Intentional Leadership

For many, intention is defined as a motivation, a drive, or an ambition to succeed. It can be a demonstration of force, determination, or your immutable will to attain or accomplish something indicates that you have a firm intention. These are examples of our Western mental model of intention. A deeper understanding of the power of intention, described by Carlos Castaneda, suggests, “In the universe there is an immeasurable, indescribable force which shamans call intent, and absolutely everything that exists in the entire cosmos is attached to intent by a connecting link”. This is not a model of perseverance or a mindset where only the fit (determined) survive, but a realization, again, of the connection to each other and to our Source, God. What this model of intention describes for us, as leaders, is that we are not alone in this organization, community, country, or even universe: but we are together, linked to the energetic force of intention.


Why is intention crucial to our leadership? It is the purpose, the why we are here, our belief in something greater than we are. Intention is how we derive meaning. In order to create a vision for our companies, or even our lives, we must first ask, why? Tapping into the power of intention requires clearing space in our minds and allowing and trusting our intuitive insights to flow.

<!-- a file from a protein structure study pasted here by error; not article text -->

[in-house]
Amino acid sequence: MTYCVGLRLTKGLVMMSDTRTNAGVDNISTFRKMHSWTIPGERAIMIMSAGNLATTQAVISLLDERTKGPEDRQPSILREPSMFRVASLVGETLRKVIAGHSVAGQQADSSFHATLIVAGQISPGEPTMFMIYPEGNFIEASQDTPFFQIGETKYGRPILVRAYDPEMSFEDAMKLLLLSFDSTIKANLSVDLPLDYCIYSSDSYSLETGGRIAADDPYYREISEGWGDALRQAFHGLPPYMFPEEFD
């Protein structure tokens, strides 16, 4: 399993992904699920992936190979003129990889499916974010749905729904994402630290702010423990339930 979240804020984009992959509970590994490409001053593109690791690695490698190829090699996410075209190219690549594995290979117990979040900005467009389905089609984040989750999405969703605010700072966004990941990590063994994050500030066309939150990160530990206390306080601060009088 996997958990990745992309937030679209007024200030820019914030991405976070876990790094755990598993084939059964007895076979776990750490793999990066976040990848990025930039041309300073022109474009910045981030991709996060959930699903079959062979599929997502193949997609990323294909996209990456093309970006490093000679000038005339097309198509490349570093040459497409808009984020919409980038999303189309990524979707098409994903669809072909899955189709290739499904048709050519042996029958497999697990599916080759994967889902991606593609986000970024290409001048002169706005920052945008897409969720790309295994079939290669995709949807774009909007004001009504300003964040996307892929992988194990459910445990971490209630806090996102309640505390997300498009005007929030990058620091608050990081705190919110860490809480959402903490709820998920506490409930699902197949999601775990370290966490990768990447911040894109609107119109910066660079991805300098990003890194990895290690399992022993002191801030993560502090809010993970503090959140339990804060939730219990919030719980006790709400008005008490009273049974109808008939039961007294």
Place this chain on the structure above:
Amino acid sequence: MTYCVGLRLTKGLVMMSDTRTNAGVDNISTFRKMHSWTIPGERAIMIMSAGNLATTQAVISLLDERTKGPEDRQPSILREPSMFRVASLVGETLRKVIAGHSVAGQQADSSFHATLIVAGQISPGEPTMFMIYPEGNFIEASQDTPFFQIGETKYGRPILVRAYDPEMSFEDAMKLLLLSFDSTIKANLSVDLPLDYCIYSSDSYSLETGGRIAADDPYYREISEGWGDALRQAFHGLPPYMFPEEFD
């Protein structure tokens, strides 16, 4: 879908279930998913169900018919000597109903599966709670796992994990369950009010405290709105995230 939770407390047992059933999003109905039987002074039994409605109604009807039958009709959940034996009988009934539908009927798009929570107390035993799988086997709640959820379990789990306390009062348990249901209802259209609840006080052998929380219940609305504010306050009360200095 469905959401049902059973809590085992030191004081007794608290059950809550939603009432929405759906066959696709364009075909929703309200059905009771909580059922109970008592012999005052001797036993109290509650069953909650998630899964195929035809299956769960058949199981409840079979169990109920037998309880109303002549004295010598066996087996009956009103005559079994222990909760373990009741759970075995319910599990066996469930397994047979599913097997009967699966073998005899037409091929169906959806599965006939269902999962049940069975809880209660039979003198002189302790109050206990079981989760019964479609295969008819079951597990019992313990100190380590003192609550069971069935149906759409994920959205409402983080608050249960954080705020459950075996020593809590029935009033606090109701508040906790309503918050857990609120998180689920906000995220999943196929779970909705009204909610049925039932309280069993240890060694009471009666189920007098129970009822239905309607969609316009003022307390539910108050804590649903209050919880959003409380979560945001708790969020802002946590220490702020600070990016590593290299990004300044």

Here are some exercises you can do to lead with intention: 

  1. Knowing your values helps bring clarity to what is meaningful to you.  Identify ten important values.  Narrow the list down to your top five and write a sentence or two explaining what the values mean to you and why they are important.
  2. Look at your calendar and review how you spend your time. Do the activities on your calendar align with your values? If not, why?
  3. Create a mind map on a clean sheet of paper, in the center of the paper write, “My purpose for living this life is…” and circle it. Now draw lines out from this circle with as many ideas that flow into your head and heart and draw circles around each one of those words or statements, always connecting the circles with lines to the center circle of your purpose for living.
  4. Using the above information you have developed, write a purpose statement, including the activities involved in achieving that purpose, people necessary to support you, and the value you provide to others.
Enjoy the process and see what you discover!

Let me know what you unearth.

With love,
Maria